Nick Bartlett of Byte Technology also backed the idea of having a dedicated remote workspace and he mentioned that he liked not needing to commute to the office. With staff in various places internationally, he is able to use his ticket tracking system to track progress on issues and measure efficiencies.
Adopted Remote Work but Not Raving Fans
Some owners stated that they implemented remote work because they had to based on state mandates for office closures and staff fears about Covid-safe working environments. They agreed it was the right thing to do and all I spoke with established some guidelines regarding what to do should staff be exposed to Covid, at work or at home, such as self-quarantine and testing. All indicated that employees needed to report symptoms so that precautions can take place.
One owner reported that his staff working from home didn’t always answer their phones when called. There were lots of interruptions with kids wanting attention and showing up on Zoom calls. Work didn’t get done expediently and there was a lot of miscommunication that required constant monitoring, oversight and follow up. His staff missed the collaboration aspects of being together in person. Others pointed out that dedicated workspaces were important when working from home and acknowledged that distractions like kids and house pets came with the territory.
Advice for Others
Jeff Mattson had the following suggestions:
- Be prepared should Covid enter the building – have a plan
- Do daily fun and participative activities to connect with staff
- Don’t condemn working remotely – trust your people!
Geoff Selby advised organizations to get good at Zoom, Teams, or whatever online platforms work well for your organization and use these tools to manage your team.
Adam Meyer offered that you need seamless operation to make this work well. In addition, both he and Dick Lindell of Lindell Engineering felt that training new people would be impossible!
Jon Taylor advised others to embrace remote work as it’s going to be around for the foreseeable future.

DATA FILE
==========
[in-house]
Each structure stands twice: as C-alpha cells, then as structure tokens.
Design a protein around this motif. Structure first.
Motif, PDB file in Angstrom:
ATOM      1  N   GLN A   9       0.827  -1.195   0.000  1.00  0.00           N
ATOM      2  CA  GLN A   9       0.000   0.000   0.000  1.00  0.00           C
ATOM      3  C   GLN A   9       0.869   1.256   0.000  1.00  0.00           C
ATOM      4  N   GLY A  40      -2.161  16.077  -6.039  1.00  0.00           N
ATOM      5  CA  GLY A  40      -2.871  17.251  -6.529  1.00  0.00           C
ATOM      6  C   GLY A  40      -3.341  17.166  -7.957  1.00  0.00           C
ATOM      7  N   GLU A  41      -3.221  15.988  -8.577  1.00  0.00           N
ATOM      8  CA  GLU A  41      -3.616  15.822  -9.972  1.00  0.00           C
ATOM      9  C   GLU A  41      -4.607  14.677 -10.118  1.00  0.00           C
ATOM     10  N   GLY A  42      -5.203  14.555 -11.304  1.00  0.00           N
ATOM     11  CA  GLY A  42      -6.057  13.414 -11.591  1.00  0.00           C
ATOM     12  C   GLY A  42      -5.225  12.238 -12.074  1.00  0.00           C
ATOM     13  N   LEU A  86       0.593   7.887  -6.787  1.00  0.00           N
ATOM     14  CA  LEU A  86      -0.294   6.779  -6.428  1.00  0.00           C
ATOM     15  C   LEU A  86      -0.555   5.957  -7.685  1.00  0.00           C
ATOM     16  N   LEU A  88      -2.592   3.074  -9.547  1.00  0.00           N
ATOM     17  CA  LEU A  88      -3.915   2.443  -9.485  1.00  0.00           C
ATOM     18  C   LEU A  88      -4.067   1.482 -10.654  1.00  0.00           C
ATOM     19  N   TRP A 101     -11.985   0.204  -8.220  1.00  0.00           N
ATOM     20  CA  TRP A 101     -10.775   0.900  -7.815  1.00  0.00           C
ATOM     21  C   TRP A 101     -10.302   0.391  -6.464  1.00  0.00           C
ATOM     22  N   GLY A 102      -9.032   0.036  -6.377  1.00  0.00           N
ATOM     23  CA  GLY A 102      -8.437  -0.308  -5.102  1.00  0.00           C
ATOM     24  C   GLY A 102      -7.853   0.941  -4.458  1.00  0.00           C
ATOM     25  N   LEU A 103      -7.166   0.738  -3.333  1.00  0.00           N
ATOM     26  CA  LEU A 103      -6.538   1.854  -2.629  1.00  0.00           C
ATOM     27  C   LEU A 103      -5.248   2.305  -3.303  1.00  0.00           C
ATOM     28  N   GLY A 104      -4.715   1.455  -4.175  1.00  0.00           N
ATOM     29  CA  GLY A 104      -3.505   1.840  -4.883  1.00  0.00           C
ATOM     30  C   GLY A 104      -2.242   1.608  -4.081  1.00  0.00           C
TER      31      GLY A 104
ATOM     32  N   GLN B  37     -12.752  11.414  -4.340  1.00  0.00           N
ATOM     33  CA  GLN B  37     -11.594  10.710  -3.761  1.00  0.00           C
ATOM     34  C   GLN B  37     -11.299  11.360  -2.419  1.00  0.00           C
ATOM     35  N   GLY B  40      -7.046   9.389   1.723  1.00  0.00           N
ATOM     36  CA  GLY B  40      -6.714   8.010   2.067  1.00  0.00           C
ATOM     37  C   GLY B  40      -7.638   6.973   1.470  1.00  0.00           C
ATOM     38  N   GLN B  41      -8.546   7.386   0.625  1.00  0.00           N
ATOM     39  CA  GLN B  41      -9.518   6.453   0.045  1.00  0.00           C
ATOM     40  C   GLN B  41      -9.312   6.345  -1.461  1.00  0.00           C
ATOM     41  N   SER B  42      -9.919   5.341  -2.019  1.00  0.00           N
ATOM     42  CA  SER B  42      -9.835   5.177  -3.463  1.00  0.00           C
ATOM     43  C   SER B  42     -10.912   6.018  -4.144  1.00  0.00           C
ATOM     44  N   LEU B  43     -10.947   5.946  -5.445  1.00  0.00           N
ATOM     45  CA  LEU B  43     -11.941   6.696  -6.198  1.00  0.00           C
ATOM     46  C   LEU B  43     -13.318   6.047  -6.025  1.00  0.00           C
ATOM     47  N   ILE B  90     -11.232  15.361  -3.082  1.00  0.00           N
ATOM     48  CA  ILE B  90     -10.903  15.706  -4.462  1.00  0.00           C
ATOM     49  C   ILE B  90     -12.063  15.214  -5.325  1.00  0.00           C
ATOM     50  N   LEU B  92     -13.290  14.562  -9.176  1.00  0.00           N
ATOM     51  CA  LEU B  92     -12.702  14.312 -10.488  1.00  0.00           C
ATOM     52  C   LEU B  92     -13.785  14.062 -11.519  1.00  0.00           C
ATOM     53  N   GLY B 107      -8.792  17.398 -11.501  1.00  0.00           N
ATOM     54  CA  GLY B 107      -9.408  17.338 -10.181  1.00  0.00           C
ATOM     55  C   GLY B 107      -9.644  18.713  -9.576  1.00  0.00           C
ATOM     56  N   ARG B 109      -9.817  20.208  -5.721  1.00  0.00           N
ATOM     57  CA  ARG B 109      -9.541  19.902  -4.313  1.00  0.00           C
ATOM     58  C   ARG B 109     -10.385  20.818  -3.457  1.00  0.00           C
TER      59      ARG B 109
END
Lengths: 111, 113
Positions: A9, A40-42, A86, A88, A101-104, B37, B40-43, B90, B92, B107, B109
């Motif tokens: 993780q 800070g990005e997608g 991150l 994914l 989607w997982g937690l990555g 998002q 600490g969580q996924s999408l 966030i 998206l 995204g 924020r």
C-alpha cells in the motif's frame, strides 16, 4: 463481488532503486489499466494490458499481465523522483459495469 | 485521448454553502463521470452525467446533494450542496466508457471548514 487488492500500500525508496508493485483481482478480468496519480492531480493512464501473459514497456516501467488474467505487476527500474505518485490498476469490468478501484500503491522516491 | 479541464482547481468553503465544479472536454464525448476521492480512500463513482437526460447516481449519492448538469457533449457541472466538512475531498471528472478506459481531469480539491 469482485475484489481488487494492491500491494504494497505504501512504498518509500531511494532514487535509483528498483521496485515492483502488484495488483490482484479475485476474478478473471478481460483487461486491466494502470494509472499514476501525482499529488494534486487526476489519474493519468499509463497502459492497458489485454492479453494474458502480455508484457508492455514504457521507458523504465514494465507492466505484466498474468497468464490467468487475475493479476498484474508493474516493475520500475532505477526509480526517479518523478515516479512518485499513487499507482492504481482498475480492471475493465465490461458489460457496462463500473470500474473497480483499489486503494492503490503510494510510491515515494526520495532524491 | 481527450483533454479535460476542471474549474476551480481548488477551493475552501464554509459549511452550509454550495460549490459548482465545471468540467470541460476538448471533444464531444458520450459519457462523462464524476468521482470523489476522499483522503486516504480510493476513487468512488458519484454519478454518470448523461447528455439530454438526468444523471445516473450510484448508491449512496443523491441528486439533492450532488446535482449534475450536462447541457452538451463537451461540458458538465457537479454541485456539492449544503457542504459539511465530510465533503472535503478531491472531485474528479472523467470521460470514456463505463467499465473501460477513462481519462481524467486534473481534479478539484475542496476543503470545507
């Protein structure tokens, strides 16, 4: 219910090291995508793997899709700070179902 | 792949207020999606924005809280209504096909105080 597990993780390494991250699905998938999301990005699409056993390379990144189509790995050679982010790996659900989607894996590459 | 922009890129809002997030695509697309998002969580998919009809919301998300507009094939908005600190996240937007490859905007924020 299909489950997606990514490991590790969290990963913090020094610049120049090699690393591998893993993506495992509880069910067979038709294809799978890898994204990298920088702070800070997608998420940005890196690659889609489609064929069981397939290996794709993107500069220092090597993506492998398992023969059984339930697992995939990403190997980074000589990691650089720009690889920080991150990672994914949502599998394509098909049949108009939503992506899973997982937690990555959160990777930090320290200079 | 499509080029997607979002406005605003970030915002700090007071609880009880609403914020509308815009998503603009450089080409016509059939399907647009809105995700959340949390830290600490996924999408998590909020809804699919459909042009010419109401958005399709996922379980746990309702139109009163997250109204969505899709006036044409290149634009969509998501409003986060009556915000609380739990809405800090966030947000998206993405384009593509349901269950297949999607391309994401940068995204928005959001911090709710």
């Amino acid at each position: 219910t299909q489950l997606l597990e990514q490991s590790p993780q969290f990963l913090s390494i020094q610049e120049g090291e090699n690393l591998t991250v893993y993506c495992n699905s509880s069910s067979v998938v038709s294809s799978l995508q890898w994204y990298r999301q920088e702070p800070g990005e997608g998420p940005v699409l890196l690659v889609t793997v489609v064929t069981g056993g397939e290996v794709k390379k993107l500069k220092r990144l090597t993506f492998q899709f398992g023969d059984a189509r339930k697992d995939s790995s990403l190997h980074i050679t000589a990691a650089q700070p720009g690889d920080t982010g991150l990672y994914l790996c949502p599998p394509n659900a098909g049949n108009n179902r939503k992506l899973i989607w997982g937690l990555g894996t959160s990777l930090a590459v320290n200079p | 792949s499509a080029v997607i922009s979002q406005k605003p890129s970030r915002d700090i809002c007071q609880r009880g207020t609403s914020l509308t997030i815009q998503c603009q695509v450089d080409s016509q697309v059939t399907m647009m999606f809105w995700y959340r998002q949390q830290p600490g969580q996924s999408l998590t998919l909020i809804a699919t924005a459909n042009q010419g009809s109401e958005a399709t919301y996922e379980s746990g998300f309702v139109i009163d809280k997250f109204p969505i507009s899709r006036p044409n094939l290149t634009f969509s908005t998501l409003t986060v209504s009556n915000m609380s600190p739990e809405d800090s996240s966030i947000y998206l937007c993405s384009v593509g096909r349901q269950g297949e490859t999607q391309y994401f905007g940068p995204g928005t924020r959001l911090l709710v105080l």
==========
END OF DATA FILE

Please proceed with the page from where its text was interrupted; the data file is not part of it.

Mike McGuire of McGuire Benefits recommends that owners need to trust their staffs but verify work is being done correctly and make sure that follow-up with customers is happening
Nick Bartlett promoted the idea of daily check-ins with staff
Remote work has become a fundamental component to doing business these days for the organizations able to implement it. In my opinion, the future of in-person office environments is cloudy, even as technology solutions such as plasma or ionization systems to improve air quality and safety are beginning to emerge. My respondents didn’t mention approaches I’ve heard other organizations experimenting with such as only allowing a fixed percentage of employees on site at a given time or trading off staff attendance on certain days of the week. . Big questions are in front of many companies about whether it makes sense for them to even keep their workspaces when they might be able to reduce expenses by reducing their physical footprints. This leads to the question of what is the future for commercial real estate occupancy as remote work becomes standard in many industries?
Getting the bugs out of working remotely for your organization takes some strong leadership, creativity, clear communication and good processes. The recipe appears to be:
- Have a plan
- Implement practices
- Change as necessary
- Keep going
©2020. Mark J. Komen. All rights reserved worldwide